The young Hamlet is still at university in Wittenberg, where he is the protege of both Martin Luther and Dr Faust. Each tries to win him over: Luther wants to save his soul, Faust wants him to think for himself.

At the same time, Luther and Faust are each trying to convince the other of the validity of his world view. Luther wants to defend the Church, but hates the actions of many of its leaders,selling indulgences and spending money on monuments. He believes in God, but not the Church. Luther wants him to listen to facts and logic. The sun does not revolve around the earth, even if the Church says it does!

The play is a series of arguments, using words and phrases from Shakespeare and from Luther and Marlowe  to defend the various positions. Some of it is quite funny, particularly when the audience catches the references. It is not a play for anyone who is unfamiliar with Hamlet, Dr Faustus or Martin Luther’s famous document pinned to the door of the church.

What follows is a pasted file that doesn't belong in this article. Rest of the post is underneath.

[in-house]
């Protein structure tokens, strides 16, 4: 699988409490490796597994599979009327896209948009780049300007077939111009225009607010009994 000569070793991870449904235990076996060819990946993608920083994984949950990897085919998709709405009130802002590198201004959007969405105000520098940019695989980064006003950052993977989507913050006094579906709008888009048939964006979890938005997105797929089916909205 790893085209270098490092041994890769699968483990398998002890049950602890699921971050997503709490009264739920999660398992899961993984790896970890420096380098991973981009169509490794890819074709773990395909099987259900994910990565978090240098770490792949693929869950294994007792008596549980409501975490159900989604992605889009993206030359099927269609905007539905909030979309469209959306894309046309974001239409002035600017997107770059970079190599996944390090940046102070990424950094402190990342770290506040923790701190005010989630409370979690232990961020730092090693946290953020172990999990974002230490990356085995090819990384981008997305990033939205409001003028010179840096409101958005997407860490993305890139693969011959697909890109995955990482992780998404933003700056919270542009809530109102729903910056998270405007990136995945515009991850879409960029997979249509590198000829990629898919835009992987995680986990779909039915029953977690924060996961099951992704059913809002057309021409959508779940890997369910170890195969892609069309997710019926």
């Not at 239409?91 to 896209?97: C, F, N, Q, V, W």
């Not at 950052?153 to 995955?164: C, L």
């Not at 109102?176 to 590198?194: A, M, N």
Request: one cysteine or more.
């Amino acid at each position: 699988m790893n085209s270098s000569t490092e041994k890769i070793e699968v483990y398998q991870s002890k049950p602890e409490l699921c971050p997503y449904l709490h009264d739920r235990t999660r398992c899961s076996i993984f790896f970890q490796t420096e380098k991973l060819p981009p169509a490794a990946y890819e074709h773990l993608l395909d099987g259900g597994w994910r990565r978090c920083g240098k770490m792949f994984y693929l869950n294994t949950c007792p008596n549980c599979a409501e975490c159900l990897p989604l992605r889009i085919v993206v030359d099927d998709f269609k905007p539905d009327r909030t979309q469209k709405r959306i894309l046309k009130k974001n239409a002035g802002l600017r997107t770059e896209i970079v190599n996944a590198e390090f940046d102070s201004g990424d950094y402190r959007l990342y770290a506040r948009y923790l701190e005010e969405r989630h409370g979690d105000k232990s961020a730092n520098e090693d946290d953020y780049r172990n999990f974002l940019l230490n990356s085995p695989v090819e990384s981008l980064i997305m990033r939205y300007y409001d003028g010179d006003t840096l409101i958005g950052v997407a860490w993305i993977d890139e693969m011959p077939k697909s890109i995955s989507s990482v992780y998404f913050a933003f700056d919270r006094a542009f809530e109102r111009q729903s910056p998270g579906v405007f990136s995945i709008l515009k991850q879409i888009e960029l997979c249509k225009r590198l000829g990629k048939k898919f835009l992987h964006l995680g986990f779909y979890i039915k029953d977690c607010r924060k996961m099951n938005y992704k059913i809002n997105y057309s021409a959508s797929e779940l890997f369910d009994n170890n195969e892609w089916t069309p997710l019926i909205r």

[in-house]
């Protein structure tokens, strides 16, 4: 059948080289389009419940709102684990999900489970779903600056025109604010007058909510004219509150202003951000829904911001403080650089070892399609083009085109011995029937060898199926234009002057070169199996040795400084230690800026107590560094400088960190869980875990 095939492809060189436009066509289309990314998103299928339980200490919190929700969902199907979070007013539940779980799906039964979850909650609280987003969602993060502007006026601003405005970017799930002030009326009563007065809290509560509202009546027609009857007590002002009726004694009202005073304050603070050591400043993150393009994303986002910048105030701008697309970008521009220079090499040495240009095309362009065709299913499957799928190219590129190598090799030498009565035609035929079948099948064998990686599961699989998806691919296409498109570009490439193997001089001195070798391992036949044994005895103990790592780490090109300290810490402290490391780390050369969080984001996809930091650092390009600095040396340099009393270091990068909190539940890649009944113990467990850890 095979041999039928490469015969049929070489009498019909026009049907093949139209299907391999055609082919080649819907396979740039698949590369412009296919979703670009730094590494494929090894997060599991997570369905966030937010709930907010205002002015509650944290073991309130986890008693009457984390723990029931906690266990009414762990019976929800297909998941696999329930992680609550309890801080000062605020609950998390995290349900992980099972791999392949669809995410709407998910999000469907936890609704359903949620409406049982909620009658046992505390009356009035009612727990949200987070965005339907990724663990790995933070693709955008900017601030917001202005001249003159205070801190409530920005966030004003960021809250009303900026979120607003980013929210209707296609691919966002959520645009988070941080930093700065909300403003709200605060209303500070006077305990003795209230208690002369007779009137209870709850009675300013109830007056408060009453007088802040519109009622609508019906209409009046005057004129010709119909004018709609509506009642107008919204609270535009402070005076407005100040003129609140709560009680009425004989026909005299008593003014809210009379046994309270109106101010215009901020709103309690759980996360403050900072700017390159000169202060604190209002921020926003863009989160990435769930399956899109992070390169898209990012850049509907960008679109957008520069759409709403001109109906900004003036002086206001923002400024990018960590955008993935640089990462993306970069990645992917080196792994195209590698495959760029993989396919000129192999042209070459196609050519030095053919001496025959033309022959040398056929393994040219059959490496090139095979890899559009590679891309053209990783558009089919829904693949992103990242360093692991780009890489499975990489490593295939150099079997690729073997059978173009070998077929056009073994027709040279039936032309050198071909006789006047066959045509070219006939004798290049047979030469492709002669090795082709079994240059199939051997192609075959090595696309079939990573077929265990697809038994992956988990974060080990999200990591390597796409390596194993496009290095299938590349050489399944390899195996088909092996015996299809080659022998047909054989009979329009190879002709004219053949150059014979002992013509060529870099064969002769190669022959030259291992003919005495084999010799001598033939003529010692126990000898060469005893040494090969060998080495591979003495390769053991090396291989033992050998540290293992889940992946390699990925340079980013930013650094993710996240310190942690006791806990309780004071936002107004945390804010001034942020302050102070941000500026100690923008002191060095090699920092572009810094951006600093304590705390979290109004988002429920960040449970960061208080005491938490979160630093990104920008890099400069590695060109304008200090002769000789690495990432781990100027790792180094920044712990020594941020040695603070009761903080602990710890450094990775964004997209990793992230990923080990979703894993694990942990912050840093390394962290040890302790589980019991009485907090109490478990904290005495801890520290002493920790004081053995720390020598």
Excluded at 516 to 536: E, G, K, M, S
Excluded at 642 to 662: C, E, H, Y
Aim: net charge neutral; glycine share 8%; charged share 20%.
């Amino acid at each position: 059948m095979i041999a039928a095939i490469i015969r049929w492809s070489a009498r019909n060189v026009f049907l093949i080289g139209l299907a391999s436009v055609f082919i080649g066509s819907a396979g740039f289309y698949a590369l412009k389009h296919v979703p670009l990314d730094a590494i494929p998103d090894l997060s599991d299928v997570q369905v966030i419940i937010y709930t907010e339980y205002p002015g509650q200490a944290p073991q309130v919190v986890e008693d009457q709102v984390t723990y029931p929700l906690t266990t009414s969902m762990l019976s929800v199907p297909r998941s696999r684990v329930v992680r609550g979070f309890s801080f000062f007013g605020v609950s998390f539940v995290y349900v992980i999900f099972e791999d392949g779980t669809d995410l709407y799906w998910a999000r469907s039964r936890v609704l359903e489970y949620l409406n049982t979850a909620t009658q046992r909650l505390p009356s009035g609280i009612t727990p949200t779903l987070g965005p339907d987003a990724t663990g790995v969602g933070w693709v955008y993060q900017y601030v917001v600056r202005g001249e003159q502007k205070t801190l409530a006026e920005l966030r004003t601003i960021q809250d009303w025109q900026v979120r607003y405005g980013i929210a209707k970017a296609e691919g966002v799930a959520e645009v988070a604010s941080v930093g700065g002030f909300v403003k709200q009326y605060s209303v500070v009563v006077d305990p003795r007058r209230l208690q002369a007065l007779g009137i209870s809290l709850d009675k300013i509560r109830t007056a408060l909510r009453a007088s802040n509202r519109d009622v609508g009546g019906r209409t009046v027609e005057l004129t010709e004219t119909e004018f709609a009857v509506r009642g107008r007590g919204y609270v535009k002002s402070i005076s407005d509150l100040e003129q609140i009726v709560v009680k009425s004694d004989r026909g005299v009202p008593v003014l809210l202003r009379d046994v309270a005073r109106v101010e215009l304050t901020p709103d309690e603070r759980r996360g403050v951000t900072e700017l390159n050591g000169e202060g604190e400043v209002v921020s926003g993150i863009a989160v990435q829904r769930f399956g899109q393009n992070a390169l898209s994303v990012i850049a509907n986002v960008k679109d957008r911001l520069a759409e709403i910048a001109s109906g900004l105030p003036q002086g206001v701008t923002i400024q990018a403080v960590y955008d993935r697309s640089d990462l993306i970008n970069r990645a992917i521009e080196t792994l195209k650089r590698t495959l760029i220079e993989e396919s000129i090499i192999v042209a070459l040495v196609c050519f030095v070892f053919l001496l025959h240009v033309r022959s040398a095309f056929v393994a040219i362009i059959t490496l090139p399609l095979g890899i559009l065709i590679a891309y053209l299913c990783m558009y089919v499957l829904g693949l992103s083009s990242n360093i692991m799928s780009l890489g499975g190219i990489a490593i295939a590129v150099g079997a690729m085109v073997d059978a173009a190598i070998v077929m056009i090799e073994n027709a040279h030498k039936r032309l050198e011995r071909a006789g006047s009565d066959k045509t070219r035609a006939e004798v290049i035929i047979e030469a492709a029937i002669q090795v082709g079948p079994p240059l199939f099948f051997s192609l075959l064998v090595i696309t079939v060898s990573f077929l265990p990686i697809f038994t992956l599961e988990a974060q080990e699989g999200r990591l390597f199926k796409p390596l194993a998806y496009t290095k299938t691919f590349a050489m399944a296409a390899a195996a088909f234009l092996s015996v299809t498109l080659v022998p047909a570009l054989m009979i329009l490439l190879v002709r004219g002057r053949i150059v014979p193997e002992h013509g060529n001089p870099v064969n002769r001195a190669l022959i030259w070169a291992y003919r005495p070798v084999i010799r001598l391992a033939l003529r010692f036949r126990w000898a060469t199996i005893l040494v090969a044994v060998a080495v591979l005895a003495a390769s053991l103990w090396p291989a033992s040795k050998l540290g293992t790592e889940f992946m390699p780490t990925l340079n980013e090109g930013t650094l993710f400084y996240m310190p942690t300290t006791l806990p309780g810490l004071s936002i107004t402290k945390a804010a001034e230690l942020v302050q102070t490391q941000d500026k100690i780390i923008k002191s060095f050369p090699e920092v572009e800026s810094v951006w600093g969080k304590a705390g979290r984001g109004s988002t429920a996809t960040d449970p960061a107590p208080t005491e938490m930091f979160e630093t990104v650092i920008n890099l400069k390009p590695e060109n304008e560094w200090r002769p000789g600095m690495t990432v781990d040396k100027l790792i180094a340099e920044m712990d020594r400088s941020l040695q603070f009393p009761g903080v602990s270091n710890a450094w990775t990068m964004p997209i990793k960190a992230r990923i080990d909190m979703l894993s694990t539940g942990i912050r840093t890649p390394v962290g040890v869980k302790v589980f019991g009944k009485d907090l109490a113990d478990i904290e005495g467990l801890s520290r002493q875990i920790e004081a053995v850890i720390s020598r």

The cast was very good, but I could not help recasting it mentally with Stratford talent. My ideal cast will have Graham Abbey as Martin Luther, Mike Shara as Fautus and Andre Morin as Hamlet.


About cathyriggall

Theatre junkie, who thinks live theatre is the ultimate form of living on the edge. You never know what will happen when an actor steps on the stage.
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One Response to Wittenberg

  1. keithhpotter says:

    Hamlet is just in this play to be a foil for Faustus and Luther – and as an excuse to steal good lines from Shakespeare. It is Faustus and Luther who carry the play, particularly Faustus, and the actors in this production were well up to it. David Dickinson, as Faustus, was particularly strong but Marshall Glass, in the less flashy role of Luther, was also excellent – and the other three cast members also did well. Overall, it was the most professional cast we have seen at Southwest Shakespeare.
    The play is not particularly deep, but it is fun, well structured and presented smoothly.
    An enjoyable evening of theatre.

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